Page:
“…a boxer is trained to sustain pain, to absorb it, to let it happen and let it go. And that’s a very important skill to have in life. Because you will get hit.”
“Fighting is spiritual, but you just can’t see the spiritual in it because it’s mostly dominated by the physical aspect. We want to be Achilles in our own mind. The king of all fighters.”
It’s baby steps, all right. That’s how Vijender Singh began his professional career against Sonny Whiting at Manchester Arena, UK last Saturday.
The 2008 Olympic bronze winner was a forerunner throughout the fight making his opponent look decidedly amateurish.
Is it a promise of better things to come?
We shall know soon enough.
The strapping young man has his next bout scheduled for October 30.
Many believed that Vijender had left it too late—turning professional.
The Indian never forgot his homeland, draping himself in a tricolour robe and matching shorts for his first fight.
Vijender admits he was nervous.
“I wasn’t worried about my opponent or anything. It was simply because I hadn’t boxed in a ring for a really long time. I had last boxed at the Commonwealth Games, and after that I had been doing my police training and then I had some film and TV commitments.”
Loneliness is a constant companion.
Moving to a new city, Manchester, and settling down to a regimented life is a sea change from his training days in Patiala.
”You feel a bit homesick. Its a bit difficult because when I was part of the Indian squad and trained in Patiala, after a session I always had someone to talk to especially after a hard days work. So I definitely miss my teammates from India. I am the only Indian boxer training here. In amateur boxing there were like 2-3 boxers with me in the changing room all the time but right now I am all alone with my trainers so there is a difference.I have to deal with these things by myself right now. But it doesn’t matter because these things usually make you tougher.”
Vijender misses his native tongue, Punjabi.
“Logon ki zuban alag hai yahan. (The language here is different). When I go to an Indian or Pakistani restaurant, the food is nice but it is a good feeling to speak to someone in Punjabi for a change.”
The Haryana police officer is not one to rest on his laurels.
He knows he has a long way to go.
“There’s still a long way to go. I have just had one fight and I have won that. I’d absolutely love to fight Floyd (Mayweather) or Manny, they are legendary boxers. They have been in this circuit for a long time and I will take time to reach at their level.”
The man certainly is making the right noises. And he has kept his end up so far.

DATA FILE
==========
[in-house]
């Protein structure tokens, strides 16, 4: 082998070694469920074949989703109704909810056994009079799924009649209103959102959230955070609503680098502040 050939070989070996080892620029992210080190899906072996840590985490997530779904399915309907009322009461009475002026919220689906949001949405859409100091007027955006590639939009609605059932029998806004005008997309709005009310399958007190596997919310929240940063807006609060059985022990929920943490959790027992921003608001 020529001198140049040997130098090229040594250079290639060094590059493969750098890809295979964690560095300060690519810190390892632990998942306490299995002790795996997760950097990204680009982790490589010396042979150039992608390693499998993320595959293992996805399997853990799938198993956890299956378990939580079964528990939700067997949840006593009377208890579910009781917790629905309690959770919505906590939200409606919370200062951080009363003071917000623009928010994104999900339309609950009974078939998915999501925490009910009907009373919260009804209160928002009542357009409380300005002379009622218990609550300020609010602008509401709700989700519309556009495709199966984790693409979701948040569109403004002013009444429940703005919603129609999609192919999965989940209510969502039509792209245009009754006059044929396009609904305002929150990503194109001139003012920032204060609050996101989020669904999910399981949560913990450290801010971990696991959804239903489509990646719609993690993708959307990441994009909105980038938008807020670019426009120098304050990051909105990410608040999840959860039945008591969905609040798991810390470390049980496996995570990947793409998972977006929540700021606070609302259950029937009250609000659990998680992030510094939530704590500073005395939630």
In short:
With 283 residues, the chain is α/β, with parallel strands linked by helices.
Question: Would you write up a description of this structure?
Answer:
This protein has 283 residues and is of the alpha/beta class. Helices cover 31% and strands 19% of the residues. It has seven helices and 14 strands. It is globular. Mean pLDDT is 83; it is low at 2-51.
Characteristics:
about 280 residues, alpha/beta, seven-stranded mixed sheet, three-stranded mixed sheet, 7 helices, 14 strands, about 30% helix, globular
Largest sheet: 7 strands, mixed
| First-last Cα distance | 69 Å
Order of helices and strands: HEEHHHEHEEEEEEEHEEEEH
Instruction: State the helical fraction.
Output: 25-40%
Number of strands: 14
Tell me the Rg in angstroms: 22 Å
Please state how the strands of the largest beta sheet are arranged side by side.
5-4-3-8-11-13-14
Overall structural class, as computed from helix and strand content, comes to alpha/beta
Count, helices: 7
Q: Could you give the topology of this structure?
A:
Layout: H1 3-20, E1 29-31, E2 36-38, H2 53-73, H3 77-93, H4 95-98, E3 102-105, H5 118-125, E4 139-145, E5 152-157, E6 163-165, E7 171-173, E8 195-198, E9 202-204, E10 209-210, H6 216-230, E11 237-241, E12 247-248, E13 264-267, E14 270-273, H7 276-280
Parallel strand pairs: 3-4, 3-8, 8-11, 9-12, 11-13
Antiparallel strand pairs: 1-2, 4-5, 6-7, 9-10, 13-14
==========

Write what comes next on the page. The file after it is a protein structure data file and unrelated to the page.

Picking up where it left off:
He is the beacon who can guide Indian boxers to greater heights.
Shine on, Vijender.
It’s said about the Indian monsoon: When it rains, it pours.
Indian sport has been enjoying a monsoon of sorts over the past few years.
It’s been showering leagues.
The mushrooming of leagues in various sports and their live telecast whereby converts to games other than cricket are drawn in can only be good news for Indian sport persons.
The latest entrants into the fray are the Pro Wrestling League and the Indian Boxing Council.
While the Pro Wrestling League is launched under the aegis of the Wrestling Federation of India (WFI) by Pro Sportify and consists of six city-based franchises each featuring 11 freestyle grapplers, six male and five female, the Indian Boxing Council acts as a licensee for promoters wishing to launch boxing leagues of their own across the country.
The council is, however, not affiliated to the Indian Boxing Federation which means that pugilists wishing to represent the country will stay out until the murkiness around the venture is cleared.
Boxers, who are past their prime, but still fighting fit are enthusiastic about the possibilities. It will add to their meager earnings from the sport.
Boxing and wrestling are sports that attract participants from lower-middle class families. This may just be their ticket out.
These sports are also the country’s best avenues for medals at the Olympic and Asian games.
The better the prospects for aspiring contenders, the better the training facilities offered and the more attractive a career it is.
The world can be their oyster. Can Indian pearls seize their chances?
Sport knows no borders.
Vijender Singh, a bronze medalist for India at the 2008 Beijing Olympics in the middleweight category, has embraced professionalism.
The boxer has moved to London after signing a contract with Queensberry Promotions that will see him fight a minimum of six bouts in his first year as a pro.
The celebrated pugilist brings the curtain down on his aspirations of a medal at the 2016 Rio Olympics.
His current employers, the Haryana police, objected to Vijender’s move claiming that he cannot serve two masters—Mammon and the Indian public, at large.
Vijender is currently on probation as a DSP.
“I don’t want to compare myself to a legend like Pacquiao, but if I can achieve even half of what he has, I will consider myself successful.
Just like how Pacquiao carried the Phillipines flag and (Floyd) Mayweather Jr carried the US flag to their bout, I will carry the Indian flag to my bouts. I’ve taken Indian boxing to a new, untested level and opened international avenues for our boxers. This cannot be viewed as un-patriotic.”
The Bhiwani lad has always sought the limelight and is considered the glamour boy of Indian boxing.